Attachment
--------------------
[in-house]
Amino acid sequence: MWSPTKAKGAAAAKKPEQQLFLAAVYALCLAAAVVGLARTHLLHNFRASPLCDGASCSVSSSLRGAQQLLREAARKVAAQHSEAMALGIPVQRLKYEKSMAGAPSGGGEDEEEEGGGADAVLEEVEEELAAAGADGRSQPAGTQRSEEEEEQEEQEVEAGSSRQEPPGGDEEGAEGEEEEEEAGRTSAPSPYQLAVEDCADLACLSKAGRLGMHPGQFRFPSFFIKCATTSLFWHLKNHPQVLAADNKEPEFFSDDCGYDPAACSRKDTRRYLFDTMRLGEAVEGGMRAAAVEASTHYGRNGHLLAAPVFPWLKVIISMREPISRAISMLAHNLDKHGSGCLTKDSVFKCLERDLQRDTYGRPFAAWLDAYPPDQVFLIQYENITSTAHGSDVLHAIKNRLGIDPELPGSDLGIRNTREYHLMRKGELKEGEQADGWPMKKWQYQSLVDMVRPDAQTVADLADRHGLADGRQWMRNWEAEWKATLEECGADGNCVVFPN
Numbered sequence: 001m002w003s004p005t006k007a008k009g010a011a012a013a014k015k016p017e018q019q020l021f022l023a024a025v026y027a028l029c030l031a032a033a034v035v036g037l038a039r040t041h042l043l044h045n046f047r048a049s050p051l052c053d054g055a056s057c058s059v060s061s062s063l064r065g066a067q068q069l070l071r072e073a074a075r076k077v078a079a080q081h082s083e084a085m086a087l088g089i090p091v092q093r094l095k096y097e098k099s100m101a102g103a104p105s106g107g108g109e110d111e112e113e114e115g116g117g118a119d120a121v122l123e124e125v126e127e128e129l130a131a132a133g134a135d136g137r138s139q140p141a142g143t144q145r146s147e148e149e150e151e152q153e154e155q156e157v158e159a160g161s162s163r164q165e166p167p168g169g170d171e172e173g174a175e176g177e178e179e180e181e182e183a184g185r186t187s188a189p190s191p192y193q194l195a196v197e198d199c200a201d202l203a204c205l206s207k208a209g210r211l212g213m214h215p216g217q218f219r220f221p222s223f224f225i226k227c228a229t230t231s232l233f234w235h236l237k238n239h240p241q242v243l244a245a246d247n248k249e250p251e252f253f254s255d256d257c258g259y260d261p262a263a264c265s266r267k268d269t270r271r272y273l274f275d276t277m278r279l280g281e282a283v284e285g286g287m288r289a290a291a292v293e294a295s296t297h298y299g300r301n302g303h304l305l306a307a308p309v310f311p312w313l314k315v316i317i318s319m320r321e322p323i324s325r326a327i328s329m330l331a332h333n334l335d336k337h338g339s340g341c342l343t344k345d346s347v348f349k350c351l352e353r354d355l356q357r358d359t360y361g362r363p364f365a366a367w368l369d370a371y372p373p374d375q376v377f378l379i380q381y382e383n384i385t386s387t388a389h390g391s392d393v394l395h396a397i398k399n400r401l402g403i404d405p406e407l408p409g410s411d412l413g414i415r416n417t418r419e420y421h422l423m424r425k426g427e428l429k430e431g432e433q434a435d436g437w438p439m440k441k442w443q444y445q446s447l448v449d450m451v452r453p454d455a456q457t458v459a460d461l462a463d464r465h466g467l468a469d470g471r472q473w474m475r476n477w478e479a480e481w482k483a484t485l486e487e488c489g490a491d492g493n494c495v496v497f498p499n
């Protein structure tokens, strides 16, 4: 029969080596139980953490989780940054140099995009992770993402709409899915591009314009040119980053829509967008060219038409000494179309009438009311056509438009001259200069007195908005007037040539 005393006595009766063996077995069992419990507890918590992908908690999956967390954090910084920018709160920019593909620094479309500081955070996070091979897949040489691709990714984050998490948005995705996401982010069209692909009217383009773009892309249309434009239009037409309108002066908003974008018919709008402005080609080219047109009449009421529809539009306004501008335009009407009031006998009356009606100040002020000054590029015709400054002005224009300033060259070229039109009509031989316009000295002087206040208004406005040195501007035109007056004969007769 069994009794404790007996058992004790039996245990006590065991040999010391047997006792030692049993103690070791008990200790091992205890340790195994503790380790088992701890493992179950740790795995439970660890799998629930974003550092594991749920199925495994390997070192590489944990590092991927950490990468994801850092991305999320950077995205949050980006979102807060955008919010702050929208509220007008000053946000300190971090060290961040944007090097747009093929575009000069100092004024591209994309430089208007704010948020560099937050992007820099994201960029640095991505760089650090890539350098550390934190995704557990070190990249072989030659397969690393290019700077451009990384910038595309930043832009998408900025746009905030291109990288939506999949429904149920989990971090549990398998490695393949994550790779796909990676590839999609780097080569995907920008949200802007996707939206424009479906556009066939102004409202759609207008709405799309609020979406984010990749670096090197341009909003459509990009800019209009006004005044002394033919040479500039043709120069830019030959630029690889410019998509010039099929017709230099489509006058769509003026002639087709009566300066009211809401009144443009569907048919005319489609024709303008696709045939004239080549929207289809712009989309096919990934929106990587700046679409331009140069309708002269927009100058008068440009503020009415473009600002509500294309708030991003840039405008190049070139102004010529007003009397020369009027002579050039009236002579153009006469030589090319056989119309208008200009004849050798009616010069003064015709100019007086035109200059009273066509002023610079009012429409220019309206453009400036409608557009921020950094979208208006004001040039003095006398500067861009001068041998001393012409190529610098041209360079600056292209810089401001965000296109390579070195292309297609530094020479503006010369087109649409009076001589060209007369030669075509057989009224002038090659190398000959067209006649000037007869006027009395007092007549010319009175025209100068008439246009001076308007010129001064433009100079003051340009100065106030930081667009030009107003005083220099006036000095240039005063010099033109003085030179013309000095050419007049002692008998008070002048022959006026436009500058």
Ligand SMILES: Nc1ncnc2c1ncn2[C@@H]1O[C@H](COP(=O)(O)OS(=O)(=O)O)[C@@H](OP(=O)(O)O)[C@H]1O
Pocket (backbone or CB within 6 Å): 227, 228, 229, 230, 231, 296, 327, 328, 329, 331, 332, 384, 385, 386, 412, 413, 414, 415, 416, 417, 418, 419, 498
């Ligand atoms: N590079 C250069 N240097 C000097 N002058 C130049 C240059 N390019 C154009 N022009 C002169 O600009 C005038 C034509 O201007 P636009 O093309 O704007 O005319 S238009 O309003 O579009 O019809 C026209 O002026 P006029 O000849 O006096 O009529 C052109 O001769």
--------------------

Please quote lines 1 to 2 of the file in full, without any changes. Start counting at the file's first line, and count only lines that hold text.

[in-house]
Amino acid sequence: MWSPTKAKGAAAAKKPEQQLFLAAVYALCLAAAVVGLARTHLLHNFRASPLCDGASCSVSSSLRGAQQLLREAARKVAAQHSEAMALGIPVQRLKYEKSMAGAPSGGGEDEEEEGGGADAVLEEVEEELAAAGADGRSQPAGTQRSEEEEEQEEQEVEAGSSRQEPPGGDEEGAEGEEEEEEAGRTSAPSPYQLAVEDCADLACLSKAGRLGMHPGQFRFPSFFIKCATTSLFWHLKNHPQVLAADNKEPEFFSDDCGYDPAACSRKDTRRYLFDTMRLGEAVEGGMRAAAVEASTHYGRNGHLLAAPVFPWLKVIISMREPISRAISMLAHNLDKHGSGCLTKDSVFKCLERDLQRDTYGRPFAAWLDAYPPDQVFLIQYENITSTAHGSDVLHAIKNRLGIDPELPGSDLGIRNTREYHLMRKGELKEGEQADGWPMKKWQYQSLVDMVRPDAQTVADLADRHGLADGRQWMRNWEAEWKATLEECGADGNCVVFPN